Confusing I'd like to hear your defense for. I don't personally find it confusing.
Regardless, what is a better measure for the success of a product's interface than its ability to support a company's objectives? Amazon's site is doing just that.
I also find myself scrolling around and looking for stuff alot on amazon - too much recommendations and stuff...
I find the whole UX clunky, especially the checkout process. Its trying to be too many things to too many people and have solved some hard issues - just not very well.
Edit: Oops! He's right, http://metalabdesign.com/
They are quite good.
"When you're forced to be simple, you're forced to face the real problem. When you can't deliver ornament, you have to deliver substance." -- PG
http://www.metalabdesign.com/about-us/ is full of "cake decoration". Other than that it is nice work.
I'm not sure what you're getting at here. Sure, average people think design is purely decorative, but that does not mean that decoration is not a part of design.
What about their site do you find to be poorly designed?
Look at all of the unnecessary lines framing everything on the page. Instead of adding complexity that potentially confuses the user, they should have used whitespace to group elements.
They also use too many colors. Their use of color is distracting -- it does not add value.
There are a lot of good and interesting ideas there. The problem, I think is that there are too many, and that leaves the page cluttered and distracting.
Also, totally love Refresh Media - http://refreshmedia.com/ - they did http://bacn.com/ for us.
I think stackoverflow if one of the best examples of brilliant UI I've seen recently - certainly one of the best I've seen on the web - but it probably wouldn't make my top list for beautiful design.
This is the crucial point in this whole discussion. If the user has a task to accomplish, the user may indeed want the task to be accomplished in a beautiful environment, but most of all the user wants the task to get done. User interface design is first of all tested by seeing whether or not any typical user anticipated for the site or for the application can accomplish the task successfully.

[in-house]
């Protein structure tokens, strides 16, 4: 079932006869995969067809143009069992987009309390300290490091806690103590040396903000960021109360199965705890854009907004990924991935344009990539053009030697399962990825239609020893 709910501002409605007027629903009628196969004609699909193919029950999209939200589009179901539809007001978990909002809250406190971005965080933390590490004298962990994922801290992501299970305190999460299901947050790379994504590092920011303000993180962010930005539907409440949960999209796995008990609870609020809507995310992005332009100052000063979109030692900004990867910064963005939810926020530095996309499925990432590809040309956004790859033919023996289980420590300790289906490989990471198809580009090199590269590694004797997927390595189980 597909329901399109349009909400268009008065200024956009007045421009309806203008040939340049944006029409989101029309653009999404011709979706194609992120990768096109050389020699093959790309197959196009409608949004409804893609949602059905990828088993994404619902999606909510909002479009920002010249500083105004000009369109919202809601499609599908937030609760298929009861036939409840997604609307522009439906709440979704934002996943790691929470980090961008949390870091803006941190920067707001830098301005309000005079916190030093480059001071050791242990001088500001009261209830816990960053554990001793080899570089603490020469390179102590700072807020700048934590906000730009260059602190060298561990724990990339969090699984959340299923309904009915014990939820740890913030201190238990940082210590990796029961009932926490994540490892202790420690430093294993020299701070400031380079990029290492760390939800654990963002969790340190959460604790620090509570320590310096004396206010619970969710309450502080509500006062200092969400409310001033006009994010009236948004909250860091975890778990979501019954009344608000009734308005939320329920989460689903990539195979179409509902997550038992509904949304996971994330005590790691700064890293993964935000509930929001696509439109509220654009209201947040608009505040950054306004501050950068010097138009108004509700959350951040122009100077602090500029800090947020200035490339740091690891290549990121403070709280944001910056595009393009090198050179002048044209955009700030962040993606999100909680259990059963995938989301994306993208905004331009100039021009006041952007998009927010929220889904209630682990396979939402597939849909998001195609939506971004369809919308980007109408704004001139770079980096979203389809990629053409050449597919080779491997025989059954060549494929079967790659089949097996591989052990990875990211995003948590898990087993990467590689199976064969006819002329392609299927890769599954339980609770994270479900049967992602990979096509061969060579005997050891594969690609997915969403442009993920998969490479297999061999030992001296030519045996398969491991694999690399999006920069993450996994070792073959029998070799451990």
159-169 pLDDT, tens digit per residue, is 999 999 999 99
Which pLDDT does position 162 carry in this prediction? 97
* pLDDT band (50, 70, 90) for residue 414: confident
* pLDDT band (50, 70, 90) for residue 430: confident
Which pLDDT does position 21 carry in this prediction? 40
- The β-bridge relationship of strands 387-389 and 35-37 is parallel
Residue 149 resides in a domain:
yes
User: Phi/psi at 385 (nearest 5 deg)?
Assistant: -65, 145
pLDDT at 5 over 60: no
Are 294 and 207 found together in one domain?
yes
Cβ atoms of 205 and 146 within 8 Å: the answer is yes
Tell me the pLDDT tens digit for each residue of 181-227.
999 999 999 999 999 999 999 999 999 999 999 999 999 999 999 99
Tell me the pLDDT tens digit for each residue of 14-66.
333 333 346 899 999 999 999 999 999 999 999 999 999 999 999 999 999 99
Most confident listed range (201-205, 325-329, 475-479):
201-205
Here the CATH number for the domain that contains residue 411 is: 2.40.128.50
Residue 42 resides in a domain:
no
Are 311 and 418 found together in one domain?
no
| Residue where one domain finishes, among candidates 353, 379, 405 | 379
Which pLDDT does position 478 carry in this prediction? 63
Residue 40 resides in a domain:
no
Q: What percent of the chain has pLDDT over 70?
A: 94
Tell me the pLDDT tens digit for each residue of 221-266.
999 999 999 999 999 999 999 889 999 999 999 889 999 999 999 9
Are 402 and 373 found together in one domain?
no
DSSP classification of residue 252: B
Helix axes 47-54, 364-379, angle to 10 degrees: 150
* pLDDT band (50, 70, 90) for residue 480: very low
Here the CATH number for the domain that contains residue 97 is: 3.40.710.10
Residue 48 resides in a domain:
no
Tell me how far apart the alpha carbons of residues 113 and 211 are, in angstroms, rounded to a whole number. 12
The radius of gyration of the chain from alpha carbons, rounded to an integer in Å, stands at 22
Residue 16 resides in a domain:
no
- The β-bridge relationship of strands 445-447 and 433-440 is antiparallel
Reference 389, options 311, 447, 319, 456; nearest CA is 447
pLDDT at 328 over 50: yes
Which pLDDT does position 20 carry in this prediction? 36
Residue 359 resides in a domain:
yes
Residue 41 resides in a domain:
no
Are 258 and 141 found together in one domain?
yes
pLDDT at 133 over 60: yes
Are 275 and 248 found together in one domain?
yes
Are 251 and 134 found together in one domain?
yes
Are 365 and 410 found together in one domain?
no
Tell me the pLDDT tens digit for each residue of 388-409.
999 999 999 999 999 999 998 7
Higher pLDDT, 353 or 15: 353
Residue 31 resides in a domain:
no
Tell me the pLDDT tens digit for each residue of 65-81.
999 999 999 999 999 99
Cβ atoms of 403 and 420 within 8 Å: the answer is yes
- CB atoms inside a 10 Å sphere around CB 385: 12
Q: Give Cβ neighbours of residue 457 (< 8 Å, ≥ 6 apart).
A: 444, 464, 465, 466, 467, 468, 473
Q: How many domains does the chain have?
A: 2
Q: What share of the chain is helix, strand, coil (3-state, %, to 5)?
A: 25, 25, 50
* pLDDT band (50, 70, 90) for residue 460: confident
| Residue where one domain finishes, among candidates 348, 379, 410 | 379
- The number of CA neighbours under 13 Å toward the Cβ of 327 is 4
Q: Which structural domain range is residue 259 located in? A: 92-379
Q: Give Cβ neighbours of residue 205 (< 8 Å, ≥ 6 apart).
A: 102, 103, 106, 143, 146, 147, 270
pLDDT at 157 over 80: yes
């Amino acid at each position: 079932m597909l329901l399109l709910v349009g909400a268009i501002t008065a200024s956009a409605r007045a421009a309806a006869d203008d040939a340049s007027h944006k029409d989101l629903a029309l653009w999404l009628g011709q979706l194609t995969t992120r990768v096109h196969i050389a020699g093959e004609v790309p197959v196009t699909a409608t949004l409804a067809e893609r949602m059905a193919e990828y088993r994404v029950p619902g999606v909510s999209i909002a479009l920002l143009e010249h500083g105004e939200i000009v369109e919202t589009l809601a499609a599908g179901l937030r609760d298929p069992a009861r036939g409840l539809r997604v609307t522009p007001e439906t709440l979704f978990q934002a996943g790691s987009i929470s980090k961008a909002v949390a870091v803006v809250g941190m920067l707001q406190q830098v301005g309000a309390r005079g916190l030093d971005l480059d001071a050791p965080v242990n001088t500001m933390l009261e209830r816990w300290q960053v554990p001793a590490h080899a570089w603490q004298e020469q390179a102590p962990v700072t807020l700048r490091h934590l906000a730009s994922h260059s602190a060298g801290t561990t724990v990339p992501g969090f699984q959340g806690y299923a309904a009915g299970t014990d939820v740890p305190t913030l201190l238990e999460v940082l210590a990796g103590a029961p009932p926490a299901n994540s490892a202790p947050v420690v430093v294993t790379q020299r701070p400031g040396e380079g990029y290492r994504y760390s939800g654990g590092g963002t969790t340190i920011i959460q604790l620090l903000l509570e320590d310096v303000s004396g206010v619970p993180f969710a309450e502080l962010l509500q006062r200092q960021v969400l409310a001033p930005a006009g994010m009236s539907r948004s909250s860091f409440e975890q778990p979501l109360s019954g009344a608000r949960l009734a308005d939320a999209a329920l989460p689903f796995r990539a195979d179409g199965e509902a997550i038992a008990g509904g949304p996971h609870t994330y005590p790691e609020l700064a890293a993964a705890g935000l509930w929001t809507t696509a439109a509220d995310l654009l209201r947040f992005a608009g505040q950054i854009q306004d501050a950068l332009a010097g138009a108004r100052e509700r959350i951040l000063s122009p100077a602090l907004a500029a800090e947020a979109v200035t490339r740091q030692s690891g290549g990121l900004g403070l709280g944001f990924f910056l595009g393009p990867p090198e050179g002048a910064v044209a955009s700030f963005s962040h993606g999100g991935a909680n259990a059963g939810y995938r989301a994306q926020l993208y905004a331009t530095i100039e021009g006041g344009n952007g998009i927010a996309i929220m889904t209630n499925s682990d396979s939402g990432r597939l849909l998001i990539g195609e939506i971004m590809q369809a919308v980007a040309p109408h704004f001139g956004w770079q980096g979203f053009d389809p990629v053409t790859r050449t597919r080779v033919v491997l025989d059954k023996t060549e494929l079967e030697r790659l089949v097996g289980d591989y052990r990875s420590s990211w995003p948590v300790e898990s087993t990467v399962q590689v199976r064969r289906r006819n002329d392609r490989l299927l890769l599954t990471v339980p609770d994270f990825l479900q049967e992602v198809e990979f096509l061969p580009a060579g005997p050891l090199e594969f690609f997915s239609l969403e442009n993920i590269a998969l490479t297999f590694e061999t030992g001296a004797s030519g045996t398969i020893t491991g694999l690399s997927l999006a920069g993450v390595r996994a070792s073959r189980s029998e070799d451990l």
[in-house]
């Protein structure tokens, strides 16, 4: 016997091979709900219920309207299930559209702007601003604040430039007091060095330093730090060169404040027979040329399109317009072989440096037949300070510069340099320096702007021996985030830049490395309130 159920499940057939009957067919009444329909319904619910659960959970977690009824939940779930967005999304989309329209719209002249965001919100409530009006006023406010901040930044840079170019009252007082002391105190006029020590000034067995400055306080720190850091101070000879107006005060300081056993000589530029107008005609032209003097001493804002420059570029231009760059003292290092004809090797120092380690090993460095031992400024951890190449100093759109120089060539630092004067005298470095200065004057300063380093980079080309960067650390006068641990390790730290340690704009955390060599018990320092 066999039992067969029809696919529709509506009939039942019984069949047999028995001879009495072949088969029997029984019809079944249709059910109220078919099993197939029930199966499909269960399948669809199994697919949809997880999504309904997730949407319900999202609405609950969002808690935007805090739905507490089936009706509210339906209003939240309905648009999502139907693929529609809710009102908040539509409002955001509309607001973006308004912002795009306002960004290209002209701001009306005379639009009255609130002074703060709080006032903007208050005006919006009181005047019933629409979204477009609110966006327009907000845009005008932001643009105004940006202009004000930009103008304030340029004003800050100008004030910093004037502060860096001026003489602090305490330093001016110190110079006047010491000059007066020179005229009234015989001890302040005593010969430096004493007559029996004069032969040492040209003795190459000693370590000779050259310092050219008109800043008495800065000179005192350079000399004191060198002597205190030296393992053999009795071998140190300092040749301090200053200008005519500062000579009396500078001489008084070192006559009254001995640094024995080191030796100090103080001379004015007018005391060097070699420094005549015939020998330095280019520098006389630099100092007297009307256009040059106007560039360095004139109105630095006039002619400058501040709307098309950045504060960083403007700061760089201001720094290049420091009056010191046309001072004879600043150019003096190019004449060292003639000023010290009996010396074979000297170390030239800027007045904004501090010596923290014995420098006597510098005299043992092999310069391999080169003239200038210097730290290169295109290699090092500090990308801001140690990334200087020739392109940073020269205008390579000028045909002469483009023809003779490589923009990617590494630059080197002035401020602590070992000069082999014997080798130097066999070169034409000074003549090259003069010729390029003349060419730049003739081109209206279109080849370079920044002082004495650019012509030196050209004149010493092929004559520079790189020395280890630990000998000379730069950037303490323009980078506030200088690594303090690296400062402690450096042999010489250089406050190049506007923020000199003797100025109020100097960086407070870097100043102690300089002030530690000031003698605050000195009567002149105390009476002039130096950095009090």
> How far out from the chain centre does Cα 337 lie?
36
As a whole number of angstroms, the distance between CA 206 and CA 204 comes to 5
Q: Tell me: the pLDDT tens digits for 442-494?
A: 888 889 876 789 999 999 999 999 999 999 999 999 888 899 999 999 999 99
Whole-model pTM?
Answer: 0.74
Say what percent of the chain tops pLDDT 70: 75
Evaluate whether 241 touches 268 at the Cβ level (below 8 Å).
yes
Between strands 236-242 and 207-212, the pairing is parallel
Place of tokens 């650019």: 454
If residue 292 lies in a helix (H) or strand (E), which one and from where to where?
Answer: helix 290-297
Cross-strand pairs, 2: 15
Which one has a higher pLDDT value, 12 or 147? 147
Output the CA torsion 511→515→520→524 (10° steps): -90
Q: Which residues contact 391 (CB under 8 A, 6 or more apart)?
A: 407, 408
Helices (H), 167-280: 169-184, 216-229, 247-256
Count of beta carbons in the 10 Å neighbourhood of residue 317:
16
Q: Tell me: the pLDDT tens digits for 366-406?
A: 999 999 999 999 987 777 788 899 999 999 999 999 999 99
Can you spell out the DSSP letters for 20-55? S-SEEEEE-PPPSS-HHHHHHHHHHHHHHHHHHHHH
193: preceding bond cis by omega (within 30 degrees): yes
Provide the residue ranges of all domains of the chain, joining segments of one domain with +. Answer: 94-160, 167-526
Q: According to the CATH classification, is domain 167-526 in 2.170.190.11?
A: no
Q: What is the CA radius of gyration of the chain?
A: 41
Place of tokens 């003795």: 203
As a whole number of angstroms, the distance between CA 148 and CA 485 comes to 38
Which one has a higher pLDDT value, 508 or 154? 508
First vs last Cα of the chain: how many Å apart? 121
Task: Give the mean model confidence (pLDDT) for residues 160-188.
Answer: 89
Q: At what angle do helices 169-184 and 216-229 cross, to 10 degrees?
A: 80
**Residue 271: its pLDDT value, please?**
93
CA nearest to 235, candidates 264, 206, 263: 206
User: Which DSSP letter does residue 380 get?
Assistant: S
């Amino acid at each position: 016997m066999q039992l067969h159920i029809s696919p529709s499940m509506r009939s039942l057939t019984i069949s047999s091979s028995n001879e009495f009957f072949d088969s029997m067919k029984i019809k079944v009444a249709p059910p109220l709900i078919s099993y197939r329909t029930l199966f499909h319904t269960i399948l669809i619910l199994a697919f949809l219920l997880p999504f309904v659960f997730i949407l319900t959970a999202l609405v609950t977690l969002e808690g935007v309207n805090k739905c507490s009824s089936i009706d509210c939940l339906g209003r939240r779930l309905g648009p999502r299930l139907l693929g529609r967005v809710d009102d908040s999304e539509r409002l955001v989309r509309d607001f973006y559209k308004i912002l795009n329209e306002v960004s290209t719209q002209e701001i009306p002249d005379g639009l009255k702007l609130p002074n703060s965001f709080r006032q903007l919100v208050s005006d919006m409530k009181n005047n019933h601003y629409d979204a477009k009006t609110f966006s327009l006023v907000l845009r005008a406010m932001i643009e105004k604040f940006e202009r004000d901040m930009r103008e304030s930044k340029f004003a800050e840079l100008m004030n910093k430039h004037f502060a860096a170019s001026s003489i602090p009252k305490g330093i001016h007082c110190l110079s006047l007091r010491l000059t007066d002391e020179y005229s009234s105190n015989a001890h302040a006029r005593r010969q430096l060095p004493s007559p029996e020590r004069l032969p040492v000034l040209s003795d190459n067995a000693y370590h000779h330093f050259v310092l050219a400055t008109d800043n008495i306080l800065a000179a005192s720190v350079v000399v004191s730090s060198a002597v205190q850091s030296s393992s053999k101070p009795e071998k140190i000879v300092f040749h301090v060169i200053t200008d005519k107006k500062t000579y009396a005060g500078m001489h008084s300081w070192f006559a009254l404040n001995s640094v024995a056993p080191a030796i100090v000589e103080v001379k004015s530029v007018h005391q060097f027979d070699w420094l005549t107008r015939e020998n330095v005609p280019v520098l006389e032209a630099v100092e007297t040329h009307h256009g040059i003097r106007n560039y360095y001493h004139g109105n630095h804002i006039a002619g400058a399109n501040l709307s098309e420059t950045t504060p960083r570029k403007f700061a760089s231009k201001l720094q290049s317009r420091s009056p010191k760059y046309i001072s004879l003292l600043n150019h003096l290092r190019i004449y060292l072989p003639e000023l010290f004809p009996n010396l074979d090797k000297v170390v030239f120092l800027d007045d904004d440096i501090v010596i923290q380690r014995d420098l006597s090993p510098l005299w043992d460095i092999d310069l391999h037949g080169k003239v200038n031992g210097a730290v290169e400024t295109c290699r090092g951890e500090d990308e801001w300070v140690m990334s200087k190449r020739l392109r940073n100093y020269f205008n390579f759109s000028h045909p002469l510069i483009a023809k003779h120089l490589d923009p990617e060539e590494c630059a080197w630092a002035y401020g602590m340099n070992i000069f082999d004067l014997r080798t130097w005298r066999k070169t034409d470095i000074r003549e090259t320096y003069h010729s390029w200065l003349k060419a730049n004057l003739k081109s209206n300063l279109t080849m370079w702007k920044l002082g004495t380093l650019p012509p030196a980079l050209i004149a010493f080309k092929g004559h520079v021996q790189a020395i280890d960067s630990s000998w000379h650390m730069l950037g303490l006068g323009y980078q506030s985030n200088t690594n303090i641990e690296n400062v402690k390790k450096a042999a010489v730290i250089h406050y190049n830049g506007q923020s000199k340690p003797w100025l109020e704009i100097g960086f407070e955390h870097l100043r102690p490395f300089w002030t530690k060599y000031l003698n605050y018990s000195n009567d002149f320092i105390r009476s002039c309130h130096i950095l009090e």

I also really like what Sofa does:
(checkout the enstore demo, epic: http://www.enstore.com)
Ryan Singer of 37signals was very impressive when I saw him speak at RailsConf this year. I definitely think he's up there.
Also Wilson Miner: http://www.wilsonminer.com/work/
And Greg Newman: http://carbon8.us/
Keep in mind that I don't know many designers, so I've pretty much just listed all the ones I know.
I'm a big fan of the HappyCog crew, Information Architects, and Huge, to limit it to three.
Jonas Rask - http://twitter.com/JonasRask
Jonathan Castro - http://twitter.com/DDrDark
MetaLab Design - http://twitter.com/metalab
Philipp Antoni - http://twitter.com/PhilippAntoni
Stuff they've done:
I also think the work skinnyCorp does (http://www.skinnycorp.com/) on all their sites is fantastic.
My favorite interactive design agency: http://www.2advanced.com/
Also, Dragon Interactive is pretty cool, although they can be mega douches at times.
Also, I think UI design is different from Visual design. I found that some of the posts below are referring to visual specialists only.
Particularly, I like their themes site:
Take music charts for example. The top 20 could be renamed, the '20 records that teenagers like at the moment'.
That said I would like to say that UI designers that work for one company who have one product, do not deserve the same amount of kudos as really skilled agency UI designers who work on upwards of 10 UI's a year. They solve 10 times more problems than those who work on one product.
But I accept your point if this kind of relationship doesnt exist and the site is 'handed over'
could this stand as a sub-topic for top photo shops, branching the 'top UI designers' main theme? (yes, I'm trying realy hard to subvert this topic :p)
I inferred such thing must exist, but I never encountered it in the real world during my tribulations so far :)